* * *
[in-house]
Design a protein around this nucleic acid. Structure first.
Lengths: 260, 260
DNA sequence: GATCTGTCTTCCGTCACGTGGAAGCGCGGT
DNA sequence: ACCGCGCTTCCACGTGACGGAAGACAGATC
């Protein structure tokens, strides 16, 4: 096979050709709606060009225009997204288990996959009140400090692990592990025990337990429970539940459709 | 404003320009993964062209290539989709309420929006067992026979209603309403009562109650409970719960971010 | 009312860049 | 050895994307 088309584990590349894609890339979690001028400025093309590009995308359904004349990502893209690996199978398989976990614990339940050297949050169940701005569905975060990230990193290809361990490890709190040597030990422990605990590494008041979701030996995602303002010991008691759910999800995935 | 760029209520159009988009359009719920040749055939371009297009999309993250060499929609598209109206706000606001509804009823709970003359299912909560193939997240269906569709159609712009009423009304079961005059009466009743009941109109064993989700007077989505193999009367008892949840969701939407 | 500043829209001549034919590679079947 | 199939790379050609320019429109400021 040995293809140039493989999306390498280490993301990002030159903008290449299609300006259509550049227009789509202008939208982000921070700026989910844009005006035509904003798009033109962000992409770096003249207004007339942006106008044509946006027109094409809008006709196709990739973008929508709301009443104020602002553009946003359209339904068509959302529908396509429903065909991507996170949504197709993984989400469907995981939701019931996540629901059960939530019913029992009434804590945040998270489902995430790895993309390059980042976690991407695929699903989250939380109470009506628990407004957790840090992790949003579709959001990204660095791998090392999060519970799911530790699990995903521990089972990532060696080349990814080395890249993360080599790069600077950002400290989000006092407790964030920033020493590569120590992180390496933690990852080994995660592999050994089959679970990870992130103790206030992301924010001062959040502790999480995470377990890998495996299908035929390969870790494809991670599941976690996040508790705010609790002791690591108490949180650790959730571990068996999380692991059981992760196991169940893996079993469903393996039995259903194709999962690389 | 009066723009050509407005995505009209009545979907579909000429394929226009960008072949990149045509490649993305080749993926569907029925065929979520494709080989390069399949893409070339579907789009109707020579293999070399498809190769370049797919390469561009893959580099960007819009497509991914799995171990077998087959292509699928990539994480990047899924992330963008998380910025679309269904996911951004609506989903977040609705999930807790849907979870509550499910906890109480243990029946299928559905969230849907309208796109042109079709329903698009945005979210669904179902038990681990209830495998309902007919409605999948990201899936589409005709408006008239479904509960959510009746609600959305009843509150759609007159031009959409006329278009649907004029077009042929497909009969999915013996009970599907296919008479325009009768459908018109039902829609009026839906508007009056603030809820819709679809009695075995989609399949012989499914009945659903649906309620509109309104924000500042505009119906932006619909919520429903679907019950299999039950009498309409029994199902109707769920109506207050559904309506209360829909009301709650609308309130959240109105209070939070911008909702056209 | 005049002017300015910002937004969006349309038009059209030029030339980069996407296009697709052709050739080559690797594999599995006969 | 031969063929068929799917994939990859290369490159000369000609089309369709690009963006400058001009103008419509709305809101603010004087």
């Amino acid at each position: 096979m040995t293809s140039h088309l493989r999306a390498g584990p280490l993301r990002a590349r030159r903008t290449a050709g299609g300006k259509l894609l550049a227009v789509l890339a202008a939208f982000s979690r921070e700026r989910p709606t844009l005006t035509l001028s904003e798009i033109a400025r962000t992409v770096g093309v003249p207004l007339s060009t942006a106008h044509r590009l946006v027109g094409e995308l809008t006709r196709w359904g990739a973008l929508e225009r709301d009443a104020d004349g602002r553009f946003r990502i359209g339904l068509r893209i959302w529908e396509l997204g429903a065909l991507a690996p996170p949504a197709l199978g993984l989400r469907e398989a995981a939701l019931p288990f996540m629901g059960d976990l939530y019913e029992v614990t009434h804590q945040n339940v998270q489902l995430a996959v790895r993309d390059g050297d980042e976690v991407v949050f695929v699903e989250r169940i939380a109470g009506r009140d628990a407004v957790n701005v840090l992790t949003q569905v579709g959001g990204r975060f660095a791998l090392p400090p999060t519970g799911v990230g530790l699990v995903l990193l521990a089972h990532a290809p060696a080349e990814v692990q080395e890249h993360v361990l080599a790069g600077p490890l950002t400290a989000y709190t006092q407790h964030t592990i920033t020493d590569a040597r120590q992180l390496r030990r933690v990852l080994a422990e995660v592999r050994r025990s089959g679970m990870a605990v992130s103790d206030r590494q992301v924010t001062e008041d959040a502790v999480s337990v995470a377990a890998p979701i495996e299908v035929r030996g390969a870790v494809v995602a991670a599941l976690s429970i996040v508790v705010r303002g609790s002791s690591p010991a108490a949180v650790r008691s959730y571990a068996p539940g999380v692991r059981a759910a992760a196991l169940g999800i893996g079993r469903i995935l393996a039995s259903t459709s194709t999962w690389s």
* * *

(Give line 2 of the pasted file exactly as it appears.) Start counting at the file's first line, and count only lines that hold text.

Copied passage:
Design a protein around this nucleic acid. Structure first.